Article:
This week we will look at how to make healthier food choices when eating at cafes, restaurants and on the go.
Welcome back to week 3 of our 12 Week Weight Management Programme. Hopefully you’re starting to see the benefit of the small changes you’re making.
How did you get on last week? Were you able to use any of the handy measures we taught you?
Over the last 2 weeks we’ve looked at:
It’s time to look at situations when it can be hard to reduce your calories and keep to your weekly goals. We call these tricky situations, they’re a part of life. You can consider different options for ways to handle their effects on your weight management goals.
Eating outside the home is part of all our lives, don’t try and avoid it completely. We have some suggestions on how to eat out and still keep your calorie intake lower than before:
You can also have a go at the ‘Say no to upsizing game’ and consider your portion size when eating out. (The daily calorie intake mentioned on this page is for people not trying to manage their weight so it’s higher than our suggestions.)
Sometimes you need to grab something to eat on the go. Like eating out, you don’t need to avoid this completely. Be aware and make choices about what you have.
When choosing food on the go:
People have told us that one of the things that helped them manage their weight was learning to read food labels.
Start looking at the labels of all your bought food to help you better understand what you’re eating. Start by concentrating on reading the calorie content. We’ll return to food labelling in week 5.
There are many reasons to be careful about the amount of alcohol you drink. Health is one of these but so is the number of calories in alcoholic drinks and mixers.
Both men and women are advised to drink no more than 14 units of alcohol a week to keep the risks to their health low. Current recommendations also suggest that it’s safer and healthier to spread out your drinking over at least 3 days in a week. If you are looking to reduce your alcohol intake, a good way to do this is having several alcohol free days each week.
These figures are an illustrative guide, the exact percentages and calories will vary by brand and will be listed on the labelling.
If you have concerns about the number of units you’re drinking in a week then contact your health professional. You can also find help and support on NHS Inform.
We’ve talked each week about increasing your level of physical activity. If you’ve not started to do this yet, don’t worry. This week you could give some time to consider what kinds of physical activity you could do.
Increasing your level of physical activity helps weight loss by:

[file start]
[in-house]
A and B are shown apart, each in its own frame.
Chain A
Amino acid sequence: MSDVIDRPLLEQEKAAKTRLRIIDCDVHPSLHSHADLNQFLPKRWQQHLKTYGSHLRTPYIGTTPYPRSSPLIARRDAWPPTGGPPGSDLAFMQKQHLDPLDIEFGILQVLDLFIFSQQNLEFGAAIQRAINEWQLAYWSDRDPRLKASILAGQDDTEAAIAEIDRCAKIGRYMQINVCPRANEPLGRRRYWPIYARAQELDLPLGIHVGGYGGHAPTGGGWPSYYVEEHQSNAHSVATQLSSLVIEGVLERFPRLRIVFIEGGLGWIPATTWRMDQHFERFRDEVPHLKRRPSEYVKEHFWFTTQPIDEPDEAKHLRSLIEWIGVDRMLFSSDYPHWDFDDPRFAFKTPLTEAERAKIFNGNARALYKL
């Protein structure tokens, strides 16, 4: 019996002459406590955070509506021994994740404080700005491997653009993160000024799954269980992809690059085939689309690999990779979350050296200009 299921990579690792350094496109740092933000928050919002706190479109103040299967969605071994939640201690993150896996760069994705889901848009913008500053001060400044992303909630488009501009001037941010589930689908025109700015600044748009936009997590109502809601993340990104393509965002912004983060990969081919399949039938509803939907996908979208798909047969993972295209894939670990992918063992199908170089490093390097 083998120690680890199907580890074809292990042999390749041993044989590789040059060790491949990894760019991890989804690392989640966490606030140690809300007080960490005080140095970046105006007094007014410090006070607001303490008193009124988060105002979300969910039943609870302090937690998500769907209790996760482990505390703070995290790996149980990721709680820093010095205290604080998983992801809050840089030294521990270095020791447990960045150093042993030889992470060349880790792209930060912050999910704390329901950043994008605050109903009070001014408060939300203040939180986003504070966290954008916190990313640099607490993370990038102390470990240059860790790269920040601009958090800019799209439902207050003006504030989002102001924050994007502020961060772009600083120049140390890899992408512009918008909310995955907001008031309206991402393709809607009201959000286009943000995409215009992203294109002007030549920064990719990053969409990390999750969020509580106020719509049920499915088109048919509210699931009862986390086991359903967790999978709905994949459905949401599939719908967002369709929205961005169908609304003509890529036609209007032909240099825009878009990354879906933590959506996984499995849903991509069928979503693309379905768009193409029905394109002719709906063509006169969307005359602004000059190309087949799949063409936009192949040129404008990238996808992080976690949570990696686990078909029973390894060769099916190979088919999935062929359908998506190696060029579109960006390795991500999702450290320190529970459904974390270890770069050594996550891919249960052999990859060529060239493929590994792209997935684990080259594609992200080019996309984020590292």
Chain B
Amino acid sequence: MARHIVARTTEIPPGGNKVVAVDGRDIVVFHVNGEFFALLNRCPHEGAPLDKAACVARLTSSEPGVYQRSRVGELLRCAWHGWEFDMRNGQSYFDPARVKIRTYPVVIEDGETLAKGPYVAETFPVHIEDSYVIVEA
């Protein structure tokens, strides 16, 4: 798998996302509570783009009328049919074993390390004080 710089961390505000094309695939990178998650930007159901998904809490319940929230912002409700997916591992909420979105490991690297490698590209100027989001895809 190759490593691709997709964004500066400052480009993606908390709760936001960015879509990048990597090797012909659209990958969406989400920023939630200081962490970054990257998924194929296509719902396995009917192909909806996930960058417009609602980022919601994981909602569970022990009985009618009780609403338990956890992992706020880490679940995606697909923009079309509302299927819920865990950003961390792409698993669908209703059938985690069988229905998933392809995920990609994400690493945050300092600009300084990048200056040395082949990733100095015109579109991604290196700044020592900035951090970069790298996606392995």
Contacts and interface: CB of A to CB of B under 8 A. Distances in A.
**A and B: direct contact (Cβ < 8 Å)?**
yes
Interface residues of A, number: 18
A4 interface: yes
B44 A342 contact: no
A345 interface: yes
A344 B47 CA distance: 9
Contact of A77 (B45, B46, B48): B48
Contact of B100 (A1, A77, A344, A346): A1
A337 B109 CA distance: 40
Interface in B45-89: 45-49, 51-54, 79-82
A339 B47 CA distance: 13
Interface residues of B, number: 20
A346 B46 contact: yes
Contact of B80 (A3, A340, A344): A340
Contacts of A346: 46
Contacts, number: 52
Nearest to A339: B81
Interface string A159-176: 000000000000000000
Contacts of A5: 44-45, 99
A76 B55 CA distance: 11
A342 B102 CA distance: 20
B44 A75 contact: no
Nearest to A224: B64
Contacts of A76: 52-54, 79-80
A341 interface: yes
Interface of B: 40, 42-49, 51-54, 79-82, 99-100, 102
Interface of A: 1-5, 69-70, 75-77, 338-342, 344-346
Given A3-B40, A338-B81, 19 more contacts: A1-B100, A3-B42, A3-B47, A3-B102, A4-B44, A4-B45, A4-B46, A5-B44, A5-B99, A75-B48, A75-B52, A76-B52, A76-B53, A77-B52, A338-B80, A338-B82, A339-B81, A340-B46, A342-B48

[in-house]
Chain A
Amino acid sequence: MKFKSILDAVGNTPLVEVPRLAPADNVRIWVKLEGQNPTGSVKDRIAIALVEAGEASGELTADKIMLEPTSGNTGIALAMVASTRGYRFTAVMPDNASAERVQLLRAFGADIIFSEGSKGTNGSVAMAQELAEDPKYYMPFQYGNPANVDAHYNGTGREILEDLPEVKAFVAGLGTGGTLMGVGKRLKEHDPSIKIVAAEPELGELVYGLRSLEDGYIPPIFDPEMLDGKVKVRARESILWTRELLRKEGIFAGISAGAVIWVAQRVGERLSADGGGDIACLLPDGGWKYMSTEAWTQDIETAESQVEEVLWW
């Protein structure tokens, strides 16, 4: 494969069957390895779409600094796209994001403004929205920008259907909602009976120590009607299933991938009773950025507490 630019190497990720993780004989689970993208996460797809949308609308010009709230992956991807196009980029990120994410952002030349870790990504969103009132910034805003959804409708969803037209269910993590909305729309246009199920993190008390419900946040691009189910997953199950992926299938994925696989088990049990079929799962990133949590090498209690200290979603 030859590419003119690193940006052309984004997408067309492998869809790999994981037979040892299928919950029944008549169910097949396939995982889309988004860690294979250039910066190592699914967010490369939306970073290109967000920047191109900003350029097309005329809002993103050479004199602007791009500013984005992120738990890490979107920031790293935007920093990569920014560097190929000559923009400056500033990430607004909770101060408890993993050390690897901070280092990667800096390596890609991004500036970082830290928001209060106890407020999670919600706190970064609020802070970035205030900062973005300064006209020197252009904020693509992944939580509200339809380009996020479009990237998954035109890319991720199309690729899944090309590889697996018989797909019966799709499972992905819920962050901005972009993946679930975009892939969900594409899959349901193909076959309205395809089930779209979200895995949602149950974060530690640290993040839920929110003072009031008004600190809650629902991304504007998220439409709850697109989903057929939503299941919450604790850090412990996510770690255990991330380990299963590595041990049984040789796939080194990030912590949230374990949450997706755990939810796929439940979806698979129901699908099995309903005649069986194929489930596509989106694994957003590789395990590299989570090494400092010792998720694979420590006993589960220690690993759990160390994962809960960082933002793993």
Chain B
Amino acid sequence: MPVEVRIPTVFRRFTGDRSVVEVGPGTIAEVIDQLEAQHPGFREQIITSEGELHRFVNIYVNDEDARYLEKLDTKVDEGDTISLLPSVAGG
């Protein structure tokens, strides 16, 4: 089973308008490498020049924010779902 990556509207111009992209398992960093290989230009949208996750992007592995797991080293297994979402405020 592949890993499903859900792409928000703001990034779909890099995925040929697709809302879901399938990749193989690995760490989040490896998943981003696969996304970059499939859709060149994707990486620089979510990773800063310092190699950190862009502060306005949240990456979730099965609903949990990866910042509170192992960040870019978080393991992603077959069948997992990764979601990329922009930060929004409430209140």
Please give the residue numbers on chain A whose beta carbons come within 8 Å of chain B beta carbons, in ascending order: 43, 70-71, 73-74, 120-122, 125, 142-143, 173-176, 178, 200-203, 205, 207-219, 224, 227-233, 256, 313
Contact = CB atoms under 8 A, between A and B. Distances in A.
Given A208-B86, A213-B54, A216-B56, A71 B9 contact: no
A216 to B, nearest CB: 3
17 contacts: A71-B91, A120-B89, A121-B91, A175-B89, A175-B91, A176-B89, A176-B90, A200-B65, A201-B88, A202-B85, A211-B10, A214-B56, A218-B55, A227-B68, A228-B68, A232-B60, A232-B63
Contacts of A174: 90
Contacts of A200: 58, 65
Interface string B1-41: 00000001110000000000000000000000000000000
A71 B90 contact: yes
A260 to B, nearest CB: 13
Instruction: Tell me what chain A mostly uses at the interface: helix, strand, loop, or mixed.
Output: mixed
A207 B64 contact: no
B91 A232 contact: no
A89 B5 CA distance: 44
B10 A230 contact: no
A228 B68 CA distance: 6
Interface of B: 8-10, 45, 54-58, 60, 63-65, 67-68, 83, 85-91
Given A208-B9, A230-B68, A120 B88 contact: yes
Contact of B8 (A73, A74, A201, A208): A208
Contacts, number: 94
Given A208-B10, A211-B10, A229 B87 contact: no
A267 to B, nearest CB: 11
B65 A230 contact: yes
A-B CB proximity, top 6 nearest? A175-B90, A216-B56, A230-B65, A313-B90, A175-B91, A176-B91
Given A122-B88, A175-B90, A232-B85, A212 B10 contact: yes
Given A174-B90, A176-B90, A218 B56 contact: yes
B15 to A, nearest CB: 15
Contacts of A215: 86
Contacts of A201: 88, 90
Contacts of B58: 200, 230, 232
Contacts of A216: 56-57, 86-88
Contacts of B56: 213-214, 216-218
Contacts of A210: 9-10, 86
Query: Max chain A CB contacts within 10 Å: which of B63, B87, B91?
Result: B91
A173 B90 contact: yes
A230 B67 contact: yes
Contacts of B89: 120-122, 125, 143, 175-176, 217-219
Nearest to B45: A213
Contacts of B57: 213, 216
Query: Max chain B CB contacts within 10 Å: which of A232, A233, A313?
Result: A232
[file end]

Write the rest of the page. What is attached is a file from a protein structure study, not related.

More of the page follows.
Research tells us being physically active is a vital aspect of managing your weight. Keeping up an increased level of physical activity going after the 12 weeks will help you maintain any weight loss.
Aiming for around 10,000 steps a day while trying to lose weight is about right. Don’t worry if you aren’t at that level, the important thing is to increase your number of steps over these 12 weeks and beyond.
There are lots of different wearable devices, such as watches, activity trackers, and apps on phones, that count the number of steps you’re taking in a day.
There are many reasons we put off or avoid physical activity. Some common reasons people have given include:
All of these reasons are barriers to physical activity and, while understandable, can be overcome with coping strategies.
If you have a physical disabilities finding an activity that works for you is key. There are some ideas that you could try to increase your physical activity levels.
If you feel you’ve not been doing much physical activity then start by doing some gentle activities such as:
One popular programme, Football Fans In Training, links supporters around the country with their local football club for support.
You may be using this programme as you have little free time or have caring duties. Consider ways to exercise at home such as using online activity or yoga classes.
We’ve looked at why and how to record lifestyle in week 1. If you haven’t started recording yet, then this week is a good time to start and get yourself into the habit.
It’s time to set new goals for next week. You may feel that you’ve met all the goals from last week, met part of them or not met them at all. The most important thing is to learn what it was that got in the way of you being able to meet them.
If you found it hard to meet the goals you set last week then consider how you could make them achievable this week. For example, if you set, ‘I’ll walk for 30 minutes 3 days a week’, then set a new target of doing it 2 days a week, or walking for 15 minutes.
Could you fit in the walking in your current day such as walk the kids to school or get off the bus 2 stops earlier and walk to work from there?
You may also consider that last week was a difficult week to meet this particular target. You may feel more confident that you can keep and meet the same target this week.
If you achieved your goals, then you could keep to the same ones this week or make them more challenging. In our example above you could walk for 30 minutes, 4 days a week or walk for 45 minutes, 3 days a week.
Remember that we know that setting goals and aiming to follow them is useful in managing to change behaviours and your weight.
When setting your weekly goals you should:
You may need to keep your targets the same as last week, review them and make them more achievable or build on them. If you don’t meet your goals every day, that’s ok. It’s important to keep returning to what you’ve written down. We’ll review them next week.
Your can use our goal-setting tool to record your goals for the week, or print out our blank weekly journal (PDF, 42KB) to fill in yourself.
During this week you should:
18 May 2020